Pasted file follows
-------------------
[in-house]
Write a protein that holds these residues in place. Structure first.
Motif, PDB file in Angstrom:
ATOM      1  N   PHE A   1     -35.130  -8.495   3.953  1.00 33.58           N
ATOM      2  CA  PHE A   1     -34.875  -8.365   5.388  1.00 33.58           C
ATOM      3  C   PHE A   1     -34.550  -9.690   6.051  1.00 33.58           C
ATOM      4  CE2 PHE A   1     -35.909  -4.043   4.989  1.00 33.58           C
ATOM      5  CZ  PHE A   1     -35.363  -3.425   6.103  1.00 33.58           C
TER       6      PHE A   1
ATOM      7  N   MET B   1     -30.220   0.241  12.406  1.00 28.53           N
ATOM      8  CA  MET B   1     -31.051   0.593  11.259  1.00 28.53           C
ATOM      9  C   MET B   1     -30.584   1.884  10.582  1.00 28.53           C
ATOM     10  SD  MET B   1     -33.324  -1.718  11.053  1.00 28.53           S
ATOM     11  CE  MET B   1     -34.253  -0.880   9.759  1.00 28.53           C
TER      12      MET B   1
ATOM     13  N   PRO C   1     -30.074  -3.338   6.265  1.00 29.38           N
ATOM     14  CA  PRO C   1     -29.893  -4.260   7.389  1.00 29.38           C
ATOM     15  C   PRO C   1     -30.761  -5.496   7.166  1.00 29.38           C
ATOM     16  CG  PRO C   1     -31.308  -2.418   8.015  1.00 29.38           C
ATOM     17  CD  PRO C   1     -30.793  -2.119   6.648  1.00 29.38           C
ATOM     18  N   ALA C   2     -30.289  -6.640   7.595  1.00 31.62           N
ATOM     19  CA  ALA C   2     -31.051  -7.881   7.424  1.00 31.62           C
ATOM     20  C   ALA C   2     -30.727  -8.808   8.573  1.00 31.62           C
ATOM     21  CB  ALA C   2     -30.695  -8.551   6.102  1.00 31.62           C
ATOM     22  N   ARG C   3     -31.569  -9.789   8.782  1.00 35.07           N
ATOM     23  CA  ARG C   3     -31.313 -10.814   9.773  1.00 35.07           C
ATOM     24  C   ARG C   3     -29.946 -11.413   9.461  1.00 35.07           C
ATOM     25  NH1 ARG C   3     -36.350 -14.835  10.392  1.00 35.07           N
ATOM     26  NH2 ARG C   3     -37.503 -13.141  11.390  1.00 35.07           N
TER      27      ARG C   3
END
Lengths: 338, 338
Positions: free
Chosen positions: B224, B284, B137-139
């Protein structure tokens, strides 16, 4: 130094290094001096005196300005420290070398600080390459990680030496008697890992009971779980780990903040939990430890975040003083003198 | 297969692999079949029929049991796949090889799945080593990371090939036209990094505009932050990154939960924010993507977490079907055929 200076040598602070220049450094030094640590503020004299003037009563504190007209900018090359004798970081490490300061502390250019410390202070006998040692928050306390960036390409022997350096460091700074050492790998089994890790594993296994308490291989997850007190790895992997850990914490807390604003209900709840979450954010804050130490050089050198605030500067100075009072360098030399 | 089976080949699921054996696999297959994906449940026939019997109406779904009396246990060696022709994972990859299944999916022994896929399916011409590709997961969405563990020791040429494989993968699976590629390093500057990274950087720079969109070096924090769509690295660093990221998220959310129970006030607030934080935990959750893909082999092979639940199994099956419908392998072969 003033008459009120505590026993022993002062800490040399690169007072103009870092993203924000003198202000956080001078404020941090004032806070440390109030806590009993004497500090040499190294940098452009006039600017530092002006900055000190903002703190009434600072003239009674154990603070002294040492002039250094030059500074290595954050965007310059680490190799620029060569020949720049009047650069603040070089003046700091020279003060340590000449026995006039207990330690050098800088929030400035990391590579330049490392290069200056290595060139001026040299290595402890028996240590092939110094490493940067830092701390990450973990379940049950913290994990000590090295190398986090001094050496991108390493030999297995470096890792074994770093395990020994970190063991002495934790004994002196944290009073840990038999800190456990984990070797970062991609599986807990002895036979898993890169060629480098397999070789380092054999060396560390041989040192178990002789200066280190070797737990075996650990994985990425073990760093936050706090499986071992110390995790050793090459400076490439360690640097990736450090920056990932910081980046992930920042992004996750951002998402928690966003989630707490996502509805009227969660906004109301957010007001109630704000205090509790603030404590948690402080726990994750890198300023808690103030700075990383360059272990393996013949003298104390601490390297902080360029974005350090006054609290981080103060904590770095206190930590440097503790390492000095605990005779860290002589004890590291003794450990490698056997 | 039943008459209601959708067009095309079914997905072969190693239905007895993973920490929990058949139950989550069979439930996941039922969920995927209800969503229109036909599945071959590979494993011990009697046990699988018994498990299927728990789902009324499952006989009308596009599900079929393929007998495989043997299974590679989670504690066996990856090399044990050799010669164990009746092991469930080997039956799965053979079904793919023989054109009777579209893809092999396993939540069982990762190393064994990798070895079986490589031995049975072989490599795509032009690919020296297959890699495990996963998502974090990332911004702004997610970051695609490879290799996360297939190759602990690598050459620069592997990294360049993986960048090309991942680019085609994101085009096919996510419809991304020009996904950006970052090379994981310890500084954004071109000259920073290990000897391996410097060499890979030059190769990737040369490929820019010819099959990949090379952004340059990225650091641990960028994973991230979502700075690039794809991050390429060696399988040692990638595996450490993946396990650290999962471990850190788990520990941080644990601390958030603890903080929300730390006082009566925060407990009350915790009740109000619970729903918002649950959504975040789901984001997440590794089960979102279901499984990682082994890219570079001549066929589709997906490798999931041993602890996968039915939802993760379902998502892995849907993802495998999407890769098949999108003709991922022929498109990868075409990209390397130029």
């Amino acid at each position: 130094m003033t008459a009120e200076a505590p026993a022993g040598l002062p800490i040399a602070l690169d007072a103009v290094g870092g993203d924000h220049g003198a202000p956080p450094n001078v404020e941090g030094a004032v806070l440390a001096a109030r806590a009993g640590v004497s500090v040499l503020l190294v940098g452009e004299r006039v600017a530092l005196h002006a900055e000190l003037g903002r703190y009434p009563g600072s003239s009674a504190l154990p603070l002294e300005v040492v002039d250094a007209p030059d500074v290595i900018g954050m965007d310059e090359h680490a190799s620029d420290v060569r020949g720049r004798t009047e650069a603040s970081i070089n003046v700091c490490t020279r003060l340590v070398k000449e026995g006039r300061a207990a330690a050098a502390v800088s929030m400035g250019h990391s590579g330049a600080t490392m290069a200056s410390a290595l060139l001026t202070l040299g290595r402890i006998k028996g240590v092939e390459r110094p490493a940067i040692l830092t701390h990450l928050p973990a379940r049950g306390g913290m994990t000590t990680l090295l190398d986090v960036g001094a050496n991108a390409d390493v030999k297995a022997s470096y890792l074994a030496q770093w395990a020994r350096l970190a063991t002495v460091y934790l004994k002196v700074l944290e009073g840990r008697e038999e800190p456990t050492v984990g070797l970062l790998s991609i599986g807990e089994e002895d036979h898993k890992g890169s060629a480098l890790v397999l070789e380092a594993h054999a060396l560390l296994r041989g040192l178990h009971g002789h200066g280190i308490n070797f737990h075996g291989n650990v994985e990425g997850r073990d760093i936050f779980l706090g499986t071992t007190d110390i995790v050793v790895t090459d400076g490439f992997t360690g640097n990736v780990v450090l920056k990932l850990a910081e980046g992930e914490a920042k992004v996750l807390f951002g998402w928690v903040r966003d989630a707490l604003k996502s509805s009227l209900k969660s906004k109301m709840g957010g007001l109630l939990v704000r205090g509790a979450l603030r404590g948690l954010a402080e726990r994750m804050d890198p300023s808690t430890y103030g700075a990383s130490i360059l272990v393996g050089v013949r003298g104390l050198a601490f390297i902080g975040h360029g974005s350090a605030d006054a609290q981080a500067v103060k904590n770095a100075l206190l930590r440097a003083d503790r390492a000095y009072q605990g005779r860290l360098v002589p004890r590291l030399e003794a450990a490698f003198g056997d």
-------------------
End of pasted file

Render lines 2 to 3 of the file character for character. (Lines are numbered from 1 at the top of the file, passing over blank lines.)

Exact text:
Write a protein that holds these residues in place. Structure first.
Motif, PDB file in Angstrom: